The Latent Phase
It may take some time for your body to be ready to establish labour. This time period will vary from person to person.
This stage may present with back pain, or irregular contractions. These can often stop and start.
As well as the contractions you may also noticed a bloody mucus in your underwear or upon wiping after going to the toilet, this will be your show which is normal.
Subtle and important changes are beginning to happen, and your contractions have started, which will make your cervix gradually shorten, thin and start to open up (dilate). Usually, this is the longest stage (more so if this is your first baby) and can last longer than 3 days.
The First Stage of Labour
The first stage of labour is the time from the beginning of labour till you are ready to start pushing.
Labour has started when your cervix has dilated to more than 3cm and you have regular contractions.
When you labour starts try to stay comfortable and relaxed.
Breathing exercises, massage and having a warm bath or shower may help to ease pain during this early stage of labour.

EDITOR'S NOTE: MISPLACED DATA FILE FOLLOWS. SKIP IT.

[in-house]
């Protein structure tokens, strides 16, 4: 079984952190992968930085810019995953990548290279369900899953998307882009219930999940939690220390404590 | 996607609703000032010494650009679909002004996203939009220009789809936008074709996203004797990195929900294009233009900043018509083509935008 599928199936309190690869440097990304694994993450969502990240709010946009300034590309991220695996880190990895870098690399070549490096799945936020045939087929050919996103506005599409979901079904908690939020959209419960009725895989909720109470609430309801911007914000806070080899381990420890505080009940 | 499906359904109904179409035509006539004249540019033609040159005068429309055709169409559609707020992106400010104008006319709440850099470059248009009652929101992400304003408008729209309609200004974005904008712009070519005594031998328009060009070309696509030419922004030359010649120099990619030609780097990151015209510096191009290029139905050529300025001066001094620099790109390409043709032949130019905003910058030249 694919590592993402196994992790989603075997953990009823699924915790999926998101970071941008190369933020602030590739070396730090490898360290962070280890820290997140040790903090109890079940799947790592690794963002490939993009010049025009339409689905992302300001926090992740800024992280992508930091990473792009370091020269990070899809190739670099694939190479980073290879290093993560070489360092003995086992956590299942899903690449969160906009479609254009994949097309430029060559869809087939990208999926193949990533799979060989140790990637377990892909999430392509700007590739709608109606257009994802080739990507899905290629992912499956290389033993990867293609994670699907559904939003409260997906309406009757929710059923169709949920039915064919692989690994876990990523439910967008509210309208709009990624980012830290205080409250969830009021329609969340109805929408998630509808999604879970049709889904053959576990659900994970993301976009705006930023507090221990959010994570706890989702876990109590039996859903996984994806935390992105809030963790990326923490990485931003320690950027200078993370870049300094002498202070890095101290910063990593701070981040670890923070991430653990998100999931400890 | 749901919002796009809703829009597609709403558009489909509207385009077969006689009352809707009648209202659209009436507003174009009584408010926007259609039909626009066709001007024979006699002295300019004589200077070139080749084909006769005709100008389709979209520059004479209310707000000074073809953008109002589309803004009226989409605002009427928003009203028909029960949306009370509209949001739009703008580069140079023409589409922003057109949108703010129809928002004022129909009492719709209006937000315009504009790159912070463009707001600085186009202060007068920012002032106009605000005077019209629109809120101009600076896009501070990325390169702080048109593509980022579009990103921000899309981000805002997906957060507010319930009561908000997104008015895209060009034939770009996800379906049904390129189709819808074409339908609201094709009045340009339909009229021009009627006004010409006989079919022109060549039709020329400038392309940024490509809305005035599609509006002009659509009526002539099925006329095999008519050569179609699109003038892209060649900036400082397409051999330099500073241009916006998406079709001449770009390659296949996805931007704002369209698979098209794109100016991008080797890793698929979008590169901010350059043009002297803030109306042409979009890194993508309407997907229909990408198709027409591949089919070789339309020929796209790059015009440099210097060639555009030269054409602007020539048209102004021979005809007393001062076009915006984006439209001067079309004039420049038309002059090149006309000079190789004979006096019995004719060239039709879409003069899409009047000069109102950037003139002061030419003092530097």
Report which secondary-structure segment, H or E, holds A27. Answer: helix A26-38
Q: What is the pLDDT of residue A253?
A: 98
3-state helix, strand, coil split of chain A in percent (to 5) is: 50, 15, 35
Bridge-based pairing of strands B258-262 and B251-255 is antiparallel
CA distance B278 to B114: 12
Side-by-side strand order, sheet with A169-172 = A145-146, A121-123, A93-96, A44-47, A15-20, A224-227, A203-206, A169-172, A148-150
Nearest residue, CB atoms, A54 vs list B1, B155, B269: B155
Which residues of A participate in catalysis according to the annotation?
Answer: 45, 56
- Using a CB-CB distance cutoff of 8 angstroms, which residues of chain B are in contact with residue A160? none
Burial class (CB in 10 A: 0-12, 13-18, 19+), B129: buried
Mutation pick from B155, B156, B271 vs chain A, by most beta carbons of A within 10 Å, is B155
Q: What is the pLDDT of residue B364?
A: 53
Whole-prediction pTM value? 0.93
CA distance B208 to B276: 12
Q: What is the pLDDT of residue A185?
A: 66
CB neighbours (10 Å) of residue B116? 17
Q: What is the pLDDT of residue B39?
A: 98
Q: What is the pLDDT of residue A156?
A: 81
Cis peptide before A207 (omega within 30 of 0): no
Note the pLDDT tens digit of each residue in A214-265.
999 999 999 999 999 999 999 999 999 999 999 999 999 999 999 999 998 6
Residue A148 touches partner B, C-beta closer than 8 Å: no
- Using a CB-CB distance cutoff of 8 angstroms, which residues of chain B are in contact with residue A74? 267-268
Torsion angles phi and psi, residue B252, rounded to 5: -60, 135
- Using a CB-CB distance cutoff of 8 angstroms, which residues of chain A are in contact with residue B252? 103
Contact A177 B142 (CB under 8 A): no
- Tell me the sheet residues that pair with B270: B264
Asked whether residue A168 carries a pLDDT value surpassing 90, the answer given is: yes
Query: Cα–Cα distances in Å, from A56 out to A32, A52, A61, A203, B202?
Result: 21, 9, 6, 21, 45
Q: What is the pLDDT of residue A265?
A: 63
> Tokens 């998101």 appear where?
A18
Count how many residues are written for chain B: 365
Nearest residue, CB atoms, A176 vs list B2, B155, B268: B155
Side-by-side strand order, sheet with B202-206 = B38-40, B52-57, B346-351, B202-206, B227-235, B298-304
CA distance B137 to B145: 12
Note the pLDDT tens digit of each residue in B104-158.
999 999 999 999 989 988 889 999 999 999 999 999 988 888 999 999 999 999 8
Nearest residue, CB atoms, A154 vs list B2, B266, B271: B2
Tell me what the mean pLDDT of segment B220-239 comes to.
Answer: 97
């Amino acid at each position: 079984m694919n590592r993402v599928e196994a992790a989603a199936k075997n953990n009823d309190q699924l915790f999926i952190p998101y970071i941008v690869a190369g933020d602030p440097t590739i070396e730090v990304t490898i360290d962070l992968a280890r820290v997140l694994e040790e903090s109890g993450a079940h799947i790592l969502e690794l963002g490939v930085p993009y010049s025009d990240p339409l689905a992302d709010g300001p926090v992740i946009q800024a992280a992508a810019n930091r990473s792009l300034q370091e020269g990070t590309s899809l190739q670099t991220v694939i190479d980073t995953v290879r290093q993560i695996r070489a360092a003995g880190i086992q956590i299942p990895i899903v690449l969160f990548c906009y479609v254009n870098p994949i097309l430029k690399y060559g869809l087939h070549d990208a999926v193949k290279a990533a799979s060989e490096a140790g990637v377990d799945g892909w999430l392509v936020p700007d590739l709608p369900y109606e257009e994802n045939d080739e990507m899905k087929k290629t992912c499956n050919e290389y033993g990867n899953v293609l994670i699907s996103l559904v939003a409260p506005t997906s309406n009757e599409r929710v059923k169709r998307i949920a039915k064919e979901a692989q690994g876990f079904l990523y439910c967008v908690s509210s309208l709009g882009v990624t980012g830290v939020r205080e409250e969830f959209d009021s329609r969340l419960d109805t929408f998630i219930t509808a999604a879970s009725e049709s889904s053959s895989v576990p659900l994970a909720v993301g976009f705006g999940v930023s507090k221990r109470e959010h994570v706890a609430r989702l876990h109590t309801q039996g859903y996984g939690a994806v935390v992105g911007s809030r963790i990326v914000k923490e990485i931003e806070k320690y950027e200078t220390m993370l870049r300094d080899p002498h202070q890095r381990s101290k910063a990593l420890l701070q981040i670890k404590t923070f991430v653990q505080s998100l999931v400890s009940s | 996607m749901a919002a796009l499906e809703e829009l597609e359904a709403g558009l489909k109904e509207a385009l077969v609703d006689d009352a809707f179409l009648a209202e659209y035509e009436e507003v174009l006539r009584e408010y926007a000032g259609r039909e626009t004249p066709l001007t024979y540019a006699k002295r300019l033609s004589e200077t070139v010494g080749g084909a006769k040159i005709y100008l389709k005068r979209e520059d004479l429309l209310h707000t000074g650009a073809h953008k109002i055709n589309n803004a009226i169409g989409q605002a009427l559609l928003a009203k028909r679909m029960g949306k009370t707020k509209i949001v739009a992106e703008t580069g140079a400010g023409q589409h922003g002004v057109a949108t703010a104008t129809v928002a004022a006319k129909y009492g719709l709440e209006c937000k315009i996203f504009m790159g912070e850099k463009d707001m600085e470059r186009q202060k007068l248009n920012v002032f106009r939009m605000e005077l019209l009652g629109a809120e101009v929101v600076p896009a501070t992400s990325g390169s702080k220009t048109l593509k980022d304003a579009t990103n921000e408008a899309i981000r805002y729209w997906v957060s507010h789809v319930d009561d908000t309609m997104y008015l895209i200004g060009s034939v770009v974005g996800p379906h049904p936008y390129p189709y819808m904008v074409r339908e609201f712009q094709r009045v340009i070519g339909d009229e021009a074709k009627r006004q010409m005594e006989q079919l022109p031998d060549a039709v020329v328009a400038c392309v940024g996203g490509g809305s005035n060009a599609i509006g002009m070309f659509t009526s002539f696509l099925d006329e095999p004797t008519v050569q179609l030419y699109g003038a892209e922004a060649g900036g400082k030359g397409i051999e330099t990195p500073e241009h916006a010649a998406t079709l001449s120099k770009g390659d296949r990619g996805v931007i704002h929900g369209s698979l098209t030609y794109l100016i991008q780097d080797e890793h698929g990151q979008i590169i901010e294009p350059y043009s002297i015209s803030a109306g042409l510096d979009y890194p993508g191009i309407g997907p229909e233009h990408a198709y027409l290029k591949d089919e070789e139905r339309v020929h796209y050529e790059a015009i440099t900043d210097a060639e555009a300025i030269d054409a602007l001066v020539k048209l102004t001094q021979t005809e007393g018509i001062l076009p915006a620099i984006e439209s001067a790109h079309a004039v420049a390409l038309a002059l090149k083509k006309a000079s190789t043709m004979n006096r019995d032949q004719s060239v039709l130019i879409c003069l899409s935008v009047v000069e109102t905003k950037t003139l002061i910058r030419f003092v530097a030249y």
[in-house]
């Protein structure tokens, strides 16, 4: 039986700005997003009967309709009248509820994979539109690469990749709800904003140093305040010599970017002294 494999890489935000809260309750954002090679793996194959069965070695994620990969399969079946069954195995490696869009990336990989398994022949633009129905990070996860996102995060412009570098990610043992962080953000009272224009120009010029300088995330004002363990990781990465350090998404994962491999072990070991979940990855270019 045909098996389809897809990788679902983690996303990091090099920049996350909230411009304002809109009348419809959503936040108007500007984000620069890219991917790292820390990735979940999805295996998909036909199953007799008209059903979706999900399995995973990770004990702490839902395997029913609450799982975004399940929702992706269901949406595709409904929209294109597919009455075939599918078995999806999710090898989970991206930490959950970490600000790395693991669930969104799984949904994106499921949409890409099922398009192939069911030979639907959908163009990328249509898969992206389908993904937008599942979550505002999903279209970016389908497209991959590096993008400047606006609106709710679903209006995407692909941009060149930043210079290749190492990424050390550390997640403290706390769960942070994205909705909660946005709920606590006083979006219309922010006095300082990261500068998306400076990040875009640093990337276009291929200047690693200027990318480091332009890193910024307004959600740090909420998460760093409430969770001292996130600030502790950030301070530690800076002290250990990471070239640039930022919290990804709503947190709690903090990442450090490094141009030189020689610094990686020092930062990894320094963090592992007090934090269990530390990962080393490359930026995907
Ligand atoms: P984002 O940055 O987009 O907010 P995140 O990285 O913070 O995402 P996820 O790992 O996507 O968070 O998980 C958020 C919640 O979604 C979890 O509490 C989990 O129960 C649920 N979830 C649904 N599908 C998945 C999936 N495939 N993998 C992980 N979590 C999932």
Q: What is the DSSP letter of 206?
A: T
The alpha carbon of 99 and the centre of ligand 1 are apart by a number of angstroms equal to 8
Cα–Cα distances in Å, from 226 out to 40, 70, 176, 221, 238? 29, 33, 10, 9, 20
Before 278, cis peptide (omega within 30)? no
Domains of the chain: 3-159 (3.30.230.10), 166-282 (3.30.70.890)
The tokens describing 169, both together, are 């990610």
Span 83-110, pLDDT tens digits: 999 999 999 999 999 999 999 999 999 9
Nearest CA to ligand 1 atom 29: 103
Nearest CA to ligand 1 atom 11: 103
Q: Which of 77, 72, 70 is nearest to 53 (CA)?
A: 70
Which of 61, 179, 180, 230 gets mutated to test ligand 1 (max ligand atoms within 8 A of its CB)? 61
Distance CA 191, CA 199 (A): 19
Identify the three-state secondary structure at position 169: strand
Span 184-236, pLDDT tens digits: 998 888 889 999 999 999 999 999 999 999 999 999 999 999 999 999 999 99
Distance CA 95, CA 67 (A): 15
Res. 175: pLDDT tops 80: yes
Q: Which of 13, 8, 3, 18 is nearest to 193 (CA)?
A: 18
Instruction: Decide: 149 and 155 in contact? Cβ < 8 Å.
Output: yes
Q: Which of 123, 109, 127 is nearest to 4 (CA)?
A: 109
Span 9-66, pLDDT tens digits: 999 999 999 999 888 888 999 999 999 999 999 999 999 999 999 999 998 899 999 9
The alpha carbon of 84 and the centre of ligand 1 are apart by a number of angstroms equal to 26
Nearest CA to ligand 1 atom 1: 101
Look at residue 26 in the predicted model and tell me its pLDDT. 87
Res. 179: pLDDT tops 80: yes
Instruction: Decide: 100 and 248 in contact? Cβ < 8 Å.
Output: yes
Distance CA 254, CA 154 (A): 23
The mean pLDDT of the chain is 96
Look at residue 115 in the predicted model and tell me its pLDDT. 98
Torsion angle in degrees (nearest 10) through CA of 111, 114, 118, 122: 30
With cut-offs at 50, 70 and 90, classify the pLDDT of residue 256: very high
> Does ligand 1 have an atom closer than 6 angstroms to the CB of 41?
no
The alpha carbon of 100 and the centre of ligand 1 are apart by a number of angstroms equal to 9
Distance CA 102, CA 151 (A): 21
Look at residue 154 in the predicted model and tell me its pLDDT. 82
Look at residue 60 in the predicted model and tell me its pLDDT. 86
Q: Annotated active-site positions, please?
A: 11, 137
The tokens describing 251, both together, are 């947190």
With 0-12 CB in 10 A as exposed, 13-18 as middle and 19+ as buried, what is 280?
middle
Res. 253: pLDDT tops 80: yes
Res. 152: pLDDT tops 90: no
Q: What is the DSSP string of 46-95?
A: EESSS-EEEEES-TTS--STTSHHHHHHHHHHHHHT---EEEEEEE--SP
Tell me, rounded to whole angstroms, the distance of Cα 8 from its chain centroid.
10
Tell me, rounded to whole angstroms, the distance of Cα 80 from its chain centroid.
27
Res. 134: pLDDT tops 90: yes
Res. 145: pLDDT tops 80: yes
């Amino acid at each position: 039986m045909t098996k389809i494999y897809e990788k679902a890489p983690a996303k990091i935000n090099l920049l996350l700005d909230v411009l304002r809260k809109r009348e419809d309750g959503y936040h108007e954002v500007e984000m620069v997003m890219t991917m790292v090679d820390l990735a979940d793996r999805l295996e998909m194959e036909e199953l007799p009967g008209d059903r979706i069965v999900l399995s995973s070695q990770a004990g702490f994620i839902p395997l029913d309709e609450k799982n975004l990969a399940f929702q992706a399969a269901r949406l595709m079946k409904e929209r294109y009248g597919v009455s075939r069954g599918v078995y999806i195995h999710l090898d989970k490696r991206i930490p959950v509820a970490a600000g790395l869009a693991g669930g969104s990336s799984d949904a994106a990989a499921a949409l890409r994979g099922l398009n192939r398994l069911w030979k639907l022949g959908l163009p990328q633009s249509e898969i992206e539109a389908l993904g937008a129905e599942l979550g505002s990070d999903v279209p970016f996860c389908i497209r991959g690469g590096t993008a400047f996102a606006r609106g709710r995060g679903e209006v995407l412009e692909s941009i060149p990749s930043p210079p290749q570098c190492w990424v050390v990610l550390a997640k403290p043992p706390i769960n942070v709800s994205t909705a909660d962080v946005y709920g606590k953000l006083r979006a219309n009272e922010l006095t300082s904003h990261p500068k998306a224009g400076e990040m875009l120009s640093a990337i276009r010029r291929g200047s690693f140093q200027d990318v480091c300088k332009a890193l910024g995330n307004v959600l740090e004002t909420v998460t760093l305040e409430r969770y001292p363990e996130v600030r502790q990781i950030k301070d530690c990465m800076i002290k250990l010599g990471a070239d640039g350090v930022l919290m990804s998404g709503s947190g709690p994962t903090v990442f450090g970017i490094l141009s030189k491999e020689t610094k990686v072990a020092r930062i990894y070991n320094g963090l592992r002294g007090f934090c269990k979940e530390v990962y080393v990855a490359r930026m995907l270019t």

The Second Stage of Labour
This is when you are ready to start pushing.
When your cervix is fully dilated, your baby will move further down the birth canal towards the entrance to your vagina. You may get an urge to push that feels a bit like you need to have a poo.
You can push during contractions whenever you feel the urge.
If you have an epidural, you may not get an urge to push at all, but the midwife will instruct you how and when to push.
If you are having your first baby, this pushing stage should last no longer than two hours. If you have had a baby before, it tends to take less time.
This stage of labour is hard work, but your midwife will help and encourage you. Your birth partner can also support you.
The Third Stage of Labour
There are two ways to manage this stage of labour:
- active - when you have treatment to speed things up
- physiological - when you have no treatment and this stage happens naturally
Your midwife will explain both to you while you are still pregnant or during early labour, so you can decide which you would prefer.
Your midwife will advise which type of management is recommended. There are situations where active management is the safest option. Your midwife or doctor can explain if this is the case for you.